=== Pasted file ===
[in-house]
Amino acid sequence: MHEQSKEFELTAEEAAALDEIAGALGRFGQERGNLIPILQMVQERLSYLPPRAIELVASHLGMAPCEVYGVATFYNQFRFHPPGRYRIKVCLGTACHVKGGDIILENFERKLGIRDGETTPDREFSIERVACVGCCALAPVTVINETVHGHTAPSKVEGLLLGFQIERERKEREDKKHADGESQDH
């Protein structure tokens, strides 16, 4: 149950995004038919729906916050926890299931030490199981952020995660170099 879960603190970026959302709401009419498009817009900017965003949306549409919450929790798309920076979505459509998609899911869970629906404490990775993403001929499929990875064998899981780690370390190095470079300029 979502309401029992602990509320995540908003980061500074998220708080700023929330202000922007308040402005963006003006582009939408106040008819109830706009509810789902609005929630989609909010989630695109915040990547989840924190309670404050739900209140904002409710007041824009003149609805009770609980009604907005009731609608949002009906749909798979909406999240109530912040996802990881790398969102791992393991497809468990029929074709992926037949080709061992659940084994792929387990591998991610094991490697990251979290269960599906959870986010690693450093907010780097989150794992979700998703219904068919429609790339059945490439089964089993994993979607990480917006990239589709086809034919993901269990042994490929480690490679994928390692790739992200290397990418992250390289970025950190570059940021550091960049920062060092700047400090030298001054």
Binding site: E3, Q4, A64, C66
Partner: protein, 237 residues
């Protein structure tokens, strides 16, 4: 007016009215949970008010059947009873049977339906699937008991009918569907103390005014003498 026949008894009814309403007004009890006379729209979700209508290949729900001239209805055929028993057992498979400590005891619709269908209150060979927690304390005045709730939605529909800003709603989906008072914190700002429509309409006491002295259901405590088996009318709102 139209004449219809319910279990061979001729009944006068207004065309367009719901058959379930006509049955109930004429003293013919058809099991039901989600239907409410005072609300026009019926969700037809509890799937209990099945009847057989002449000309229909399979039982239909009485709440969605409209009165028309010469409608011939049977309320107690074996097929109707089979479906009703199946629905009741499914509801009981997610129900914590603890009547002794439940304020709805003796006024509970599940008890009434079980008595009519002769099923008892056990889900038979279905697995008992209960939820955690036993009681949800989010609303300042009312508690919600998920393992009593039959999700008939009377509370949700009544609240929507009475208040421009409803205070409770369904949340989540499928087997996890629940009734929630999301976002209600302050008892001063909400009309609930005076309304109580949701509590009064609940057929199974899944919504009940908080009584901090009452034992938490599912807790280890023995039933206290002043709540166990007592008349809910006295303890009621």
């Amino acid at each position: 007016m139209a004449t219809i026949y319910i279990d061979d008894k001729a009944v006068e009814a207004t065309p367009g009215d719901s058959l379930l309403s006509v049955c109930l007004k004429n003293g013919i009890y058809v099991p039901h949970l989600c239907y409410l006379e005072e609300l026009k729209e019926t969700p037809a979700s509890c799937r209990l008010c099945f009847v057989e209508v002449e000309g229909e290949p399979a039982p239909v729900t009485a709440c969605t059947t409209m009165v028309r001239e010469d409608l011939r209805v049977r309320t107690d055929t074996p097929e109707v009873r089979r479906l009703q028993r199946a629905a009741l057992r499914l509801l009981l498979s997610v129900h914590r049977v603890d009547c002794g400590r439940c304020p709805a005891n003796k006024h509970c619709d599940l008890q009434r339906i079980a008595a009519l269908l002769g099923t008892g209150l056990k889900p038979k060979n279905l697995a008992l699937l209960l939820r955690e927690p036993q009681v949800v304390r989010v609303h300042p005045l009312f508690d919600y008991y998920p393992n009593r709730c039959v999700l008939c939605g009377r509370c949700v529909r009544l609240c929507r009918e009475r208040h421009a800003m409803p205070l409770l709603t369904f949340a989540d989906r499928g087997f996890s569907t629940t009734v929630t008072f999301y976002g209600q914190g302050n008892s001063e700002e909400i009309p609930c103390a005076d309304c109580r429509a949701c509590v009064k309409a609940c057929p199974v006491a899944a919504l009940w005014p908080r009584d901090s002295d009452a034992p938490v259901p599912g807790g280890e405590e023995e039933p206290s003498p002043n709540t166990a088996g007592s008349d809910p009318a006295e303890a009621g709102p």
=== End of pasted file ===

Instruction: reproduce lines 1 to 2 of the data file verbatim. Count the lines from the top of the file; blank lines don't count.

[in-house]
Amino acid sequence: MHEQSKEFELTAEEAAALDEIAGALGRFGQERGNLIPILQMVQERLSYLPPRAIELVASHLGMAPCEVYGVATFYNQFRFHPPGRYRIKVCLGTACHVKGGDIILENFERKLGIRDGETTPDREFSIERVACVGCCALAPVTVINETVHGHTAPSKVEGLLLGFQIERERKEREDKKHADGESQDH